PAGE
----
I really thought, at one point, that I was going to be well above 52, but I blame my end of the year slowdown primarily on the anthologies. I read half of Dozois’ Year’s Best and that always takes me several weeks and then had to return it before I could finish it and count it on the list. Still, I’m halfway there for when I check it out again, so I gave myself a leg up this year. I also spent a lot of time reading online fiction for a couple weeks there, following up on recommendations I found in this thread about great short fiction. Sadly, most of what I tracked down to read wasn’t as great as I had hoped, or I had already read it. One standout gem from that list was Paul Tremblay’s “The Teacher“. The result of the conversation on that thread led me to the conclusion that this business of greatness overlaps a great deal with personal taste.

I’ve finished my first book of 2008, and it’s the aforementioned Vellum, but I think I’ll give it its own post a little later…and maybe even a mini-review. We shall see. That makes me already behind for 2008, since we’re in the second week, and I’ve only read one book so far.

Continue reading

So far I’ve only missed one day taking a photograph, I think. However, I’ve been slackerly about posting. Brace yourself for an avalanche of photos.

January 3, 2008:
Ganesh from Yoga Studio

I spend a lot of time in my yoga class looking at this statue of Ganesh. I thought there’d be very little, photographically, that I could share from yoga, but this is at least one thing. Now to come up with a writing thing to take pictures of. I’d wanted to get a picture of my daughter on her first day back to school, but I was thwarted by a dead battery so I got to the latter part of the day without a picture and then at my evening yoga class took this one.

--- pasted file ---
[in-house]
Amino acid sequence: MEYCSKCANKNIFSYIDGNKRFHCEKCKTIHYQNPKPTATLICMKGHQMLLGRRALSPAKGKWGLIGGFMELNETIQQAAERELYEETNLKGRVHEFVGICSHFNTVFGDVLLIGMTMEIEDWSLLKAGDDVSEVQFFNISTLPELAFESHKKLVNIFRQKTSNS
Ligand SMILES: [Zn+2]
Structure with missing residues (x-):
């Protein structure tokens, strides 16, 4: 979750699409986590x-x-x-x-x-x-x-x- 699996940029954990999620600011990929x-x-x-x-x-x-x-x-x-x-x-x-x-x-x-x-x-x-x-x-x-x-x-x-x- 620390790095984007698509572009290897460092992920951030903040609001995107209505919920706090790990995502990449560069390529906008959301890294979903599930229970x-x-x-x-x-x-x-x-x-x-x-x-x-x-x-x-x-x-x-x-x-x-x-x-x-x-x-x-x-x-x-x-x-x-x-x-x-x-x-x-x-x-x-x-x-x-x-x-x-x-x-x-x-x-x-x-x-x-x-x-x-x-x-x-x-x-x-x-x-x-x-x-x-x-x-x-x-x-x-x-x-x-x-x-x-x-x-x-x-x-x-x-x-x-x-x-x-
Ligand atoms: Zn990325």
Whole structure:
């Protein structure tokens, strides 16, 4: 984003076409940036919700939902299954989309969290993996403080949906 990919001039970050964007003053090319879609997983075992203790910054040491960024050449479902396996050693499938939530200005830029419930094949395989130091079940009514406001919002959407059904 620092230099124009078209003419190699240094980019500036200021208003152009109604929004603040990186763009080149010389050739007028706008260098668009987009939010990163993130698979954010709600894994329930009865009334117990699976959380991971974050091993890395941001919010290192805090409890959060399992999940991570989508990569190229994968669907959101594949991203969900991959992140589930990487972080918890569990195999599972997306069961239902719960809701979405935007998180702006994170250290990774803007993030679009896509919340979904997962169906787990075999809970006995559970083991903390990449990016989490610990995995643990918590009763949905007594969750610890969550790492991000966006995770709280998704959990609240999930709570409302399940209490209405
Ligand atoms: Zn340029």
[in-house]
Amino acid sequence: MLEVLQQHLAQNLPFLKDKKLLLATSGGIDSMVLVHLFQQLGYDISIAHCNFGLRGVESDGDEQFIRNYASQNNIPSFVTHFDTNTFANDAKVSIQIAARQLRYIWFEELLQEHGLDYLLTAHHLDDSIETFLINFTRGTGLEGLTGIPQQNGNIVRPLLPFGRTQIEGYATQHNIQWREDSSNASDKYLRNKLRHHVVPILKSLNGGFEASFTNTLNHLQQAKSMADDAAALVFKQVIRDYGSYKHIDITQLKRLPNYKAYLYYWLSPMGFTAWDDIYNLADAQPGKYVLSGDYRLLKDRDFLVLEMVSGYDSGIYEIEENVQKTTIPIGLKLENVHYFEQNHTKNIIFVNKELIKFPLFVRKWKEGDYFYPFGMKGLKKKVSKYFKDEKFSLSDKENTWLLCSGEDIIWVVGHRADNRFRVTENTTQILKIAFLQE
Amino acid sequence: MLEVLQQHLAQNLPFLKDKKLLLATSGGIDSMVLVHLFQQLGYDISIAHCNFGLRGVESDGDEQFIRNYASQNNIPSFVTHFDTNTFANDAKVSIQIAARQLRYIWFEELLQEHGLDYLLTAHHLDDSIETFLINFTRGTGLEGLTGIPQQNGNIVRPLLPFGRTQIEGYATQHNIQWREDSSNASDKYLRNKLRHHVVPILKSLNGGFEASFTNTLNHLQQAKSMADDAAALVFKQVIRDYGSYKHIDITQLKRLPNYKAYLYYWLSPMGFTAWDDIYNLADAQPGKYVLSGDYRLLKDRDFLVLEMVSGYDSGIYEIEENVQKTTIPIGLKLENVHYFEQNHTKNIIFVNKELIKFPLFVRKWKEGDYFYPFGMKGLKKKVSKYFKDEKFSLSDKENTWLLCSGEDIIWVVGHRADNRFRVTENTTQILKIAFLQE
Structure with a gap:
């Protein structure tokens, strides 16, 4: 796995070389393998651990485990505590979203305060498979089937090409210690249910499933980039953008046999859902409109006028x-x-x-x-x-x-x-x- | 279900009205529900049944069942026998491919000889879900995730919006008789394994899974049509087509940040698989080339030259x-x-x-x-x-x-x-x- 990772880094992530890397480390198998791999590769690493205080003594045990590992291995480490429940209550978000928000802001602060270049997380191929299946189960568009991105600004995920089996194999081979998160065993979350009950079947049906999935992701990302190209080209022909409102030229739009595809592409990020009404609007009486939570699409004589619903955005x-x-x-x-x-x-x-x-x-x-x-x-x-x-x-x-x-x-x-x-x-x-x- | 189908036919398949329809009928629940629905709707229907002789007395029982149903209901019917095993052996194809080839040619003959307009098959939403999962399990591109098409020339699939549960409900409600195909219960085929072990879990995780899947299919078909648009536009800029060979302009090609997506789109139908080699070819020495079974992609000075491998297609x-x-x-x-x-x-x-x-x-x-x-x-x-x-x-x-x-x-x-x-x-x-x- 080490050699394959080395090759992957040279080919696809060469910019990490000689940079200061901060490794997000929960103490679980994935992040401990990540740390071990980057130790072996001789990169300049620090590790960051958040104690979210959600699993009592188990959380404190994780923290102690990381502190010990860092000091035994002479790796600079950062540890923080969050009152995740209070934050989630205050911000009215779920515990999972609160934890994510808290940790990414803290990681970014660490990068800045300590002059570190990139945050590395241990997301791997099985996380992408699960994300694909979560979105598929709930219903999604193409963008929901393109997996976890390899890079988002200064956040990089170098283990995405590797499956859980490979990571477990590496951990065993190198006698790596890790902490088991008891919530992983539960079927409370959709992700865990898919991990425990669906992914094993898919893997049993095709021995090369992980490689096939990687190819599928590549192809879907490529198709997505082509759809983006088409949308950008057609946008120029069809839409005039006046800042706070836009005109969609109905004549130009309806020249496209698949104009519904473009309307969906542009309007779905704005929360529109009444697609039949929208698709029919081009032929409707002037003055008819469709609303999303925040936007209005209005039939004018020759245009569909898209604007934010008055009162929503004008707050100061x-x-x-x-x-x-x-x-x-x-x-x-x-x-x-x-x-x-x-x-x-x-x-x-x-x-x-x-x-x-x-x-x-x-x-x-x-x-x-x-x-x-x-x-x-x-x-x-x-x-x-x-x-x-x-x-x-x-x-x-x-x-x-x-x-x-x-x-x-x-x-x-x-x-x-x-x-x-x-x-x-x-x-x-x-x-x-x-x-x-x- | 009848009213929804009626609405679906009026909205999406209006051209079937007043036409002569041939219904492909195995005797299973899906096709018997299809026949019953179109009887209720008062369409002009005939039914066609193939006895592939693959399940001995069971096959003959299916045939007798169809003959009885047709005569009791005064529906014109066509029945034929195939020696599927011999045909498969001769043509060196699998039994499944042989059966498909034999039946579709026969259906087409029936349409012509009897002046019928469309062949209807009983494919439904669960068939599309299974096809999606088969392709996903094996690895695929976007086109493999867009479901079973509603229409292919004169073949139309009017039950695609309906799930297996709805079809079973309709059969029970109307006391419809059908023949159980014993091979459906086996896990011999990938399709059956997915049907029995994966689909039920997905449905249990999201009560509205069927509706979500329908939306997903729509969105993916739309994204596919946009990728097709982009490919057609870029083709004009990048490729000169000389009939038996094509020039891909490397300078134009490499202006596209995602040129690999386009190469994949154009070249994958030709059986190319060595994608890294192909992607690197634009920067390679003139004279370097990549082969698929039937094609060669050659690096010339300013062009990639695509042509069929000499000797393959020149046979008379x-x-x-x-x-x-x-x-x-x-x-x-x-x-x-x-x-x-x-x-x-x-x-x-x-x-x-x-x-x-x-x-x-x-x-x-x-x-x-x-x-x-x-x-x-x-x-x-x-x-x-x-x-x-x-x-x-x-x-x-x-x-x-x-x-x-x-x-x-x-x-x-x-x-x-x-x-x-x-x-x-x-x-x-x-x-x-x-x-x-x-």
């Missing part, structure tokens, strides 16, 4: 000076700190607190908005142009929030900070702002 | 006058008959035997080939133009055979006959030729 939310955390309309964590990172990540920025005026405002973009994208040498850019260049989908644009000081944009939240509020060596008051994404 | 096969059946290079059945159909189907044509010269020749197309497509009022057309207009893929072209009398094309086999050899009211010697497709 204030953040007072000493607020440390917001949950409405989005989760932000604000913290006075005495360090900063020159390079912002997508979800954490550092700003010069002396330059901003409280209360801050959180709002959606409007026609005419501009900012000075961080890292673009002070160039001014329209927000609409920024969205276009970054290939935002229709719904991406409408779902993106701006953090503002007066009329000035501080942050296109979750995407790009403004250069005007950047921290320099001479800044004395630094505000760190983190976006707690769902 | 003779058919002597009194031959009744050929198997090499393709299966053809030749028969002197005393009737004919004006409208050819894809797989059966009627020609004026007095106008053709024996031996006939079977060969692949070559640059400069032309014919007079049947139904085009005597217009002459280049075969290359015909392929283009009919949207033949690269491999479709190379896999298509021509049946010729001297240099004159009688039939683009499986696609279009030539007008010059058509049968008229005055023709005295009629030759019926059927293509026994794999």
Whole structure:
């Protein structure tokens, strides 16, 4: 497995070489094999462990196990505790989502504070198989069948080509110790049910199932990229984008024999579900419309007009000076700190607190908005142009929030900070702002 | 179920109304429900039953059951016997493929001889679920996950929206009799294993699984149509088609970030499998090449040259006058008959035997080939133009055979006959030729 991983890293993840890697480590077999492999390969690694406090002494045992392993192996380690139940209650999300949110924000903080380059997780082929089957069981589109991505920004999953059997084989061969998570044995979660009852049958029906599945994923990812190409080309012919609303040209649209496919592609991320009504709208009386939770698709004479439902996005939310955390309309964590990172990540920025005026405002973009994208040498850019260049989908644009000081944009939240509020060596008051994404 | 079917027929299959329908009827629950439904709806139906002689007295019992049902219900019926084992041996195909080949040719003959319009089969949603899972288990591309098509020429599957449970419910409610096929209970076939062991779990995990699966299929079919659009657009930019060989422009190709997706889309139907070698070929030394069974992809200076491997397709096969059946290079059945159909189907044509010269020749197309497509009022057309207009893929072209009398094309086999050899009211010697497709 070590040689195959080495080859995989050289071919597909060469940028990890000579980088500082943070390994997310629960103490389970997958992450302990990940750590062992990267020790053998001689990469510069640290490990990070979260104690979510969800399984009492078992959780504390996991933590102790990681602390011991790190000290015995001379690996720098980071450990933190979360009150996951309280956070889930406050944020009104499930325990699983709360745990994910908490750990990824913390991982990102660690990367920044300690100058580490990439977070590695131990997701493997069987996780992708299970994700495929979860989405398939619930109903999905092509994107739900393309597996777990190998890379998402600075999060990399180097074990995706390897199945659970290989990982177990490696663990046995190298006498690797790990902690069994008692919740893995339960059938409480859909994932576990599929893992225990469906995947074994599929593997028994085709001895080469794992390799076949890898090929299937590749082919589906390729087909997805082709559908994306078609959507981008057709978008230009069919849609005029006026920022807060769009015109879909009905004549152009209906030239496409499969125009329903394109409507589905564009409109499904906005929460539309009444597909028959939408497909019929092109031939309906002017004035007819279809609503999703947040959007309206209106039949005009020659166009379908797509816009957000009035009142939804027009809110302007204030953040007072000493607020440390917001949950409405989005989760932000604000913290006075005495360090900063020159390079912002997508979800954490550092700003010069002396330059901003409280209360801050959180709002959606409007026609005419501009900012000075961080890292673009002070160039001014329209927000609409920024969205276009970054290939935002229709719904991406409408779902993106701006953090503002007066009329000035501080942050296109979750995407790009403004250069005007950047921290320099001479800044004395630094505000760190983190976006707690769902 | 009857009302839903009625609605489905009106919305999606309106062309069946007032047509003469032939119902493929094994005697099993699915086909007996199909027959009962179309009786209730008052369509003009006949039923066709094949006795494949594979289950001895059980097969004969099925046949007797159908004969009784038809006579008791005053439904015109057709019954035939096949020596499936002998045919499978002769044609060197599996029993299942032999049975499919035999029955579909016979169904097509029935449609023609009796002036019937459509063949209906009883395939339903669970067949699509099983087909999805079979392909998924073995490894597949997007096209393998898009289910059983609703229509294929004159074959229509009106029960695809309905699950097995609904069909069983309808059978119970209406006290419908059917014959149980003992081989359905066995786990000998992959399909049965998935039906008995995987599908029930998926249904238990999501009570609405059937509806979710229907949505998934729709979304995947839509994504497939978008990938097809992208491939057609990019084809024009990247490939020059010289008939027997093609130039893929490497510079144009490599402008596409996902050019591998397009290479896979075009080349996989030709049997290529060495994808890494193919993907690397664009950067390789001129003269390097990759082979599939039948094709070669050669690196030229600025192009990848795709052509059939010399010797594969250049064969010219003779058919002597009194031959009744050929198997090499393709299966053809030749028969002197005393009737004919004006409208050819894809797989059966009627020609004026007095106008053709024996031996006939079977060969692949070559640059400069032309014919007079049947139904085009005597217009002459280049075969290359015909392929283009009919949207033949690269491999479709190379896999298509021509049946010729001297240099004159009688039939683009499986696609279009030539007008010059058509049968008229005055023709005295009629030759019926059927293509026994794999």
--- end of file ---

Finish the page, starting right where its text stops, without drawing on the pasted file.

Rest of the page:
January 4, 2008:
Sunrise on Bompart

Early wintry morning view from my porch. See, the streetlight is still on in the upper corner of the frame. I like the way the trees look, but if I had more picture taking skills, I’d have set up my shot so you didn’t see the streetlight. If I had photoshop skills, I’d erase the obnoxious telephone and electrical wires, though they do look kind of cool.

January 5, 2008:
Heart Sand Trinket

I’m animal sitting at a friend’s house, and she has this little trinket on her desk. Sophia suggested I take its picture. I wish I’d done something to better convey the granularity of the sand, but I’ve no idea what that something might be.

Bonus January 5, 2008:
Olive Asian Grocer

Saturday was errand day, and we were in search of a good wok to replace a dying one, so we took ourselves over to Olive (near where I had animal caretaking duties), with its myriad Asian markets and grocery stores. This particular store has the advantage of being both and Asian store and a Hispanic market so we got local tortillas plus a wok! It’s not much of a picture, true, but I’m pretty proud of it, because this sort of errand running is exactly the sort of place I’m least likely to bring my camera along and take pictures. I did feel a little awkward lugging it but was happy I did.

January 6, 2008:
Sergei's Grey Muzzle

In the past two years our dog has really begun to look old. He’ll be seven in March which isn’t too old, but his muzzle has gone white, and his tail is full of white as well. He’s a lot calmer than he used to be and I had no trouble getting him to sit still for the photograph. This is another day when I got to the end of the day and realized I hadn’t taken a picture. Thank goodness for pets and kids, because I can always snap a quick photo of them when all else fails. Uninspired, perhaps, but at least I touched the camera that day.

January 7, 2008:
Sophia in front of classroom

So finally I got the first day of school picture of my daughter, on only the third day of school! Notice the pink boots, which she loves, a gift from her Aunt Kelly. Alas, I am a person who is often behind marking milestones. For example, Sophia lost a tooth last year, right around Thanksgiving. First tooth she’s lost! Monumental moment! You’d have thought there’d be a blog post about it on her blog, right? Not yet, there hasn’t been.

January 8, 2008:
Anarkey's New Ipod

Another day where I got to the end of the day and realized I hadn’t taken a picture. Oh no, and my two most recent pictures were of my dog and my daughter! What to do? Well, there’s always the cats. Or, or, or…hmmm, something representative of my life and days lately. What could be good? I look around. I think. What have I been using daily? But of course. I have finally been catching up on my podcasts and it’s been wonderful.